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This guide provides instruction for searching in PubMed and guidance on issues related to academic integrity, including citing sources. This guide also includes links to additional online resources that can be used to discover evidence-based interventions in public health-related areas.
This free service from PubMed provides several methods (filters) for extracting EBM materials from the PubMed database. By design the clinical studies topic areas are limited. Use full PubMed if comprehensive searching is required.
Enter keywords or phrases that capture the primary aspects of your topic into the default PubMed search box. Don't use full sentences or punctuation or search operators like AND/OR/NOT.
See the image below or watch this short PubMed Find Articles on a Topic video tutorial.
You can explore the MeSH terms (Medical Subject Headings) assigned to article records and revise your search to better focus on the aspects of your topic you wish to explore. Think of MeSH terms like "tags" that are applied to social media posts. MeSH terms are specific to PubMed and provide a consistent language to describe or label concepts that various authors may describe differently.
The example article record below shows its MeSH terms and highlights several that might be helpful in revising the search to find articles that specifically address failure to vaccinate.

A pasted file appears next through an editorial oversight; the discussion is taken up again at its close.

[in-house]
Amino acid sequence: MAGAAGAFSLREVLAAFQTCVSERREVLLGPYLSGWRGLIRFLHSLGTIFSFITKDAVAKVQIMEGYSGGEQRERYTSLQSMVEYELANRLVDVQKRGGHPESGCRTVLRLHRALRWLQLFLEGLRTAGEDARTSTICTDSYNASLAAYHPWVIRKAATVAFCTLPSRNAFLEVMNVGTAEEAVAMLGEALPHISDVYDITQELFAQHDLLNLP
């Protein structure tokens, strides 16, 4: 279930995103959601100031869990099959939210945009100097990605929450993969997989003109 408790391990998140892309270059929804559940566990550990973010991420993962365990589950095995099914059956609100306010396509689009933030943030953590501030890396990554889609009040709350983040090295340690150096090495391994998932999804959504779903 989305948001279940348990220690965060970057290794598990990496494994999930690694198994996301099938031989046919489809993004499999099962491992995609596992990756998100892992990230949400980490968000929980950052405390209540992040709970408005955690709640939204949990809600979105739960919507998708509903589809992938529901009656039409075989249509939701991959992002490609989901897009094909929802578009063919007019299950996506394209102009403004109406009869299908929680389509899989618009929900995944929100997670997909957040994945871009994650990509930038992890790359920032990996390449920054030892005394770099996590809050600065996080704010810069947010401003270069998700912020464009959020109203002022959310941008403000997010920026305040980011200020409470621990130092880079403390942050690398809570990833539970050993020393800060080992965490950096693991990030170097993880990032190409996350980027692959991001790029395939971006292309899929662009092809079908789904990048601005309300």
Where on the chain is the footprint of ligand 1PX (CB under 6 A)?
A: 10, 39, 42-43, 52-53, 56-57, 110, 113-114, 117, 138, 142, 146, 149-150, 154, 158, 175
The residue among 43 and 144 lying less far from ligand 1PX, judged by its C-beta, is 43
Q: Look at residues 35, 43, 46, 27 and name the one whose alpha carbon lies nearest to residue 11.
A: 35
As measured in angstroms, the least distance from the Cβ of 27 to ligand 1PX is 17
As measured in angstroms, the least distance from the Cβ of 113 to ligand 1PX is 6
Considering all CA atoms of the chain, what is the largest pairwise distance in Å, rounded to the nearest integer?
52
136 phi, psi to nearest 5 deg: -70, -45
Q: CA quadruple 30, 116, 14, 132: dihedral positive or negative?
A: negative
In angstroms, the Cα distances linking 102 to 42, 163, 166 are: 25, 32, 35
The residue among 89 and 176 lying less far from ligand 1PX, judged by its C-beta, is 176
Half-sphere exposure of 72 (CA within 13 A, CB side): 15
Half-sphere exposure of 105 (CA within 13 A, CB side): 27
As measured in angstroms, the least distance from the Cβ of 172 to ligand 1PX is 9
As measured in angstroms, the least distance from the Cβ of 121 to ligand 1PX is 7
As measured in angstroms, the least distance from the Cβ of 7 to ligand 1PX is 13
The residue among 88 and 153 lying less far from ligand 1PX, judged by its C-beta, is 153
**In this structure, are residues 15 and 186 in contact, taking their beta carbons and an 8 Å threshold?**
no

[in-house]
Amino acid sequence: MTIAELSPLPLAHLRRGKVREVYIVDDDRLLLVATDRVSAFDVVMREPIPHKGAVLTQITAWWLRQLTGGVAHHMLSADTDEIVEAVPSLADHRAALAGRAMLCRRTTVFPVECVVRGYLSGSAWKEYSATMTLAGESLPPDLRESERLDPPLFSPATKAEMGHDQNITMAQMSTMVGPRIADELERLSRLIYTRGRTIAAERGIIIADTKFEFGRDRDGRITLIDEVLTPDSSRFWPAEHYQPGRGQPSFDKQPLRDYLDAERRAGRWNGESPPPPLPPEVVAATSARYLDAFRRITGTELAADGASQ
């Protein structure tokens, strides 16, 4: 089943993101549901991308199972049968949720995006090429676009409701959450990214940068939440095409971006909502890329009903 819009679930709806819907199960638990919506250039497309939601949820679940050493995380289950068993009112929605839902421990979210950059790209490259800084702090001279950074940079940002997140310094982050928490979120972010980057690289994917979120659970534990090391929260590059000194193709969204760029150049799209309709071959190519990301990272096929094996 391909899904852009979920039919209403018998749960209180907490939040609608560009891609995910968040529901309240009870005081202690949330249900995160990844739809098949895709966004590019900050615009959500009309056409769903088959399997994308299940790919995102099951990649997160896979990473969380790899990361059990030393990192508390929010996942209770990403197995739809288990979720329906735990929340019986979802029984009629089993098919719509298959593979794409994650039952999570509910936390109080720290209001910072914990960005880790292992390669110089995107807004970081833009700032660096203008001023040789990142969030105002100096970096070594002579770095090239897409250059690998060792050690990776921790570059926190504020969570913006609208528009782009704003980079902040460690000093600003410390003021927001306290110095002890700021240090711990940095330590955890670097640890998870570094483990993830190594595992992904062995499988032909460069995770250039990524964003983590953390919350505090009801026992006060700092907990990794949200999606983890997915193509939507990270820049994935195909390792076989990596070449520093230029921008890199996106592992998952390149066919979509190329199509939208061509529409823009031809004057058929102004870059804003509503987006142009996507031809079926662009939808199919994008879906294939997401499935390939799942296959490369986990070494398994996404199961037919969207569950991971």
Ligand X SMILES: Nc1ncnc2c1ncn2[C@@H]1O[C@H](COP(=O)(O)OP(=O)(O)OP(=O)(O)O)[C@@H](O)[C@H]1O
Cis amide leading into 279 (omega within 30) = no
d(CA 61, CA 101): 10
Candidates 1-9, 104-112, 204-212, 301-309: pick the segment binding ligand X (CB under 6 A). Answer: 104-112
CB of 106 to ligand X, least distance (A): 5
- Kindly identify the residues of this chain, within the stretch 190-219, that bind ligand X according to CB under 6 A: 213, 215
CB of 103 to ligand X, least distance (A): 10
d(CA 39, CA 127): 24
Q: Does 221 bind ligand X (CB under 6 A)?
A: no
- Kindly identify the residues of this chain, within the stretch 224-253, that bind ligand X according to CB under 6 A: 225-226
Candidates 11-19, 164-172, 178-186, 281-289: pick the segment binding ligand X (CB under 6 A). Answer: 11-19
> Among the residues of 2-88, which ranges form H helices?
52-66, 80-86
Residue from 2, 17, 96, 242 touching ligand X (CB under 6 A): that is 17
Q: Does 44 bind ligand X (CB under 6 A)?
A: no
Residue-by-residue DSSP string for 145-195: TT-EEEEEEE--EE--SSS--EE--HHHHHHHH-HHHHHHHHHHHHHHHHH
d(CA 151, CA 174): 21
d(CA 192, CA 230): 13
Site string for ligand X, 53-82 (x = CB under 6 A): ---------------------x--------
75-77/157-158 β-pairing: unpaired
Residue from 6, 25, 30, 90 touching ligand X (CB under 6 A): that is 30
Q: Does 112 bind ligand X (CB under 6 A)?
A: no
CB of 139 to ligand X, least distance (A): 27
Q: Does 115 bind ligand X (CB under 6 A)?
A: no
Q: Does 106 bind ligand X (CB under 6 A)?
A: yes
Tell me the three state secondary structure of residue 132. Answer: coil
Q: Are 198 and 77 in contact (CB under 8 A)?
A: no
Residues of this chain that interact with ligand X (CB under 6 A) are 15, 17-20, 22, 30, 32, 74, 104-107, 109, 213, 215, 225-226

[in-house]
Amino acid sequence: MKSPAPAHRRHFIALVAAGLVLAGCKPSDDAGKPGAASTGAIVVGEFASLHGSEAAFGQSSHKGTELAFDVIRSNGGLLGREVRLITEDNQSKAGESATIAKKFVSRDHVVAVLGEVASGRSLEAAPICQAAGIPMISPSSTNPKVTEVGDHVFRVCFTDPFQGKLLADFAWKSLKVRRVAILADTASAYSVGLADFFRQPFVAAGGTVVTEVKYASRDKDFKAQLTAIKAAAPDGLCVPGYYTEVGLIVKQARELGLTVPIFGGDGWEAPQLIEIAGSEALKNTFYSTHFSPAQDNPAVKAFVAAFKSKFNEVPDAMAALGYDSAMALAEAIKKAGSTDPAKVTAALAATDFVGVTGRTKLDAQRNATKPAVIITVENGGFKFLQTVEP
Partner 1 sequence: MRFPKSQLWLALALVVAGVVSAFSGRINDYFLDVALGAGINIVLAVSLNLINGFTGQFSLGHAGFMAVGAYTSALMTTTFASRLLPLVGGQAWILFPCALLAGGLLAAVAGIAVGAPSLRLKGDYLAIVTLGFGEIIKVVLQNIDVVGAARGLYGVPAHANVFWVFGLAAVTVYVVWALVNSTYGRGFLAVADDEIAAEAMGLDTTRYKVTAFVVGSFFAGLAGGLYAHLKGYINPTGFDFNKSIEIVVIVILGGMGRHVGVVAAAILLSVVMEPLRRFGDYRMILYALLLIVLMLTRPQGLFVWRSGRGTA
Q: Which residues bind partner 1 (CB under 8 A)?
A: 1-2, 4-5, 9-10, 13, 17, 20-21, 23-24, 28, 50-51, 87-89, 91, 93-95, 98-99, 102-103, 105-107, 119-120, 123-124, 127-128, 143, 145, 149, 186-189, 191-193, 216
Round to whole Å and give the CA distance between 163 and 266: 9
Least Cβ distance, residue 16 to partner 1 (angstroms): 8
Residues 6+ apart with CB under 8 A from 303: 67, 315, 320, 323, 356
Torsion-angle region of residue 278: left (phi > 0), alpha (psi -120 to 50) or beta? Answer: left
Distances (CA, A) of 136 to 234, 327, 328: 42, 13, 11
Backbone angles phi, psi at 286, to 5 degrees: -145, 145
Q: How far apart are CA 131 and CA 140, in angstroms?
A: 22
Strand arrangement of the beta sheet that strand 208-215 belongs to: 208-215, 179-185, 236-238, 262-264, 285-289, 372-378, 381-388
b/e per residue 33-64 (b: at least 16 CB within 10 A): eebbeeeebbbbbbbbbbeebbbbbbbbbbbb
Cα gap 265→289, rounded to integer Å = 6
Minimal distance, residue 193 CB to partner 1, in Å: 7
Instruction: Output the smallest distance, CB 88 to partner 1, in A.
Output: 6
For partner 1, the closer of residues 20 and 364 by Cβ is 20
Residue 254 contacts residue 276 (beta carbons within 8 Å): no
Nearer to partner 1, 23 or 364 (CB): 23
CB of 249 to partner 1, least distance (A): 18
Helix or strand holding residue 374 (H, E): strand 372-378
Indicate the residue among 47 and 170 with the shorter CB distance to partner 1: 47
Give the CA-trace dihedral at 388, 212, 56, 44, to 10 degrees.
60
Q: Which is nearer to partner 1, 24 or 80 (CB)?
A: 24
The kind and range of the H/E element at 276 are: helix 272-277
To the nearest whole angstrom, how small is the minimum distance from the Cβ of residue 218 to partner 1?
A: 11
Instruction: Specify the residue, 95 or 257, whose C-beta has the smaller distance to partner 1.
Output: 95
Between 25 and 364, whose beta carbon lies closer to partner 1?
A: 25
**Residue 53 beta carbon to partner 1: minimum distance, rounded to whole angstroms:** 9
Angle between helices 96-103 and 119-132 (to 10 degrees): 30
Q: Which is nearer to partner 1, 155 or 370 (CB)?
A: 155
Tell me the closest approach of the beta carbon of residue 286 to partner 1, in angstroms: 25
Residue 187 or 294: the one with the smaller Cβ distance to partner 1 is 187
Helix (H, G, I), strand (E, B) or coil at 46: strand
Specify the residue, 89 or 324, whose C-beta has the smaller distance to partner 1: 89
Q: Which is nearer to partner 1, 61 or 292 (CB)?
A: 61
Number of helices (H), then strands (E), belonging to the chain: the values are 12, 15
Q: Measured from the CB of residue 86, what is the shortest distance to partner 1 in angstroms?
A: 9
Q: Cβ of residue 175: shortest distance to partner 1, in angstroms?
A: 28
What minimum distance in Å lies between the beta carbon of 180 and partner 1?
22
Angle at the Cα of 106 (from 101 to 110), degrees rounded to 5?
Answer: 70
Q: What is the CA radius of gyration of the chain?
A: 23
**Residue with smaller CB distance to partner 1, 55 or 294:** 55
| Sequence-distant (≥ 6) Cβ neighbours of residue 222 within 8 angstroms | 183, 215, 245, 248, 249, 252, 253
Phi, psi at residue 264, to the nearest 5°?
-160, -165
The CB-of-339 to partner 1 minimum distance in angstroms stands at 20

Search results can be refined to include only those articles that provide some level of evidence that the intervention/program works. PubMed defaults to a limited set of filter options. Use the Additional Filters button at the bottom of the filters to select additional filters/filter options to show on the results page.
Filters are selected one at a time. Remember to Reset Filters (button at bottom of filter column) or Clear All option (at top of search results column) before doing the next search. PubMed filters are "sticky" as they do not automatically reset between searches.
PubMed's Advanced Search options can be accessed from the under the default search box or from the search results page (see images below).
From the Advanced Search page, you can tell PubMed to search for terms/phrases in specific PubMed search fields. In some cases, this can help to narrow or focus a search that has too many results. The image below shows a search strategy that tells PubMed to look only for articles where the designated search terms show up in the MeSH field of the article record. Furthermore this strategy tells PubMed to look only for those articles where the term in the MeSH field has been identified as a major (not minor or secondary) concept present in the article (meaning this is what the article primarily addresses).
Also from the Advanced Search page, you can view your searching history and use it to construct new search strategies without retyping all your keywords/phrases. The image below shows a new search constructed from two previous searches.
With Google Scholar you can search broadly (across several disciplines) with one search. You can use Google Scholar to find peer-reviewed articles, but you will also find pre-print copies of articles, conference papers, white papers, patents, legal opinions and more.
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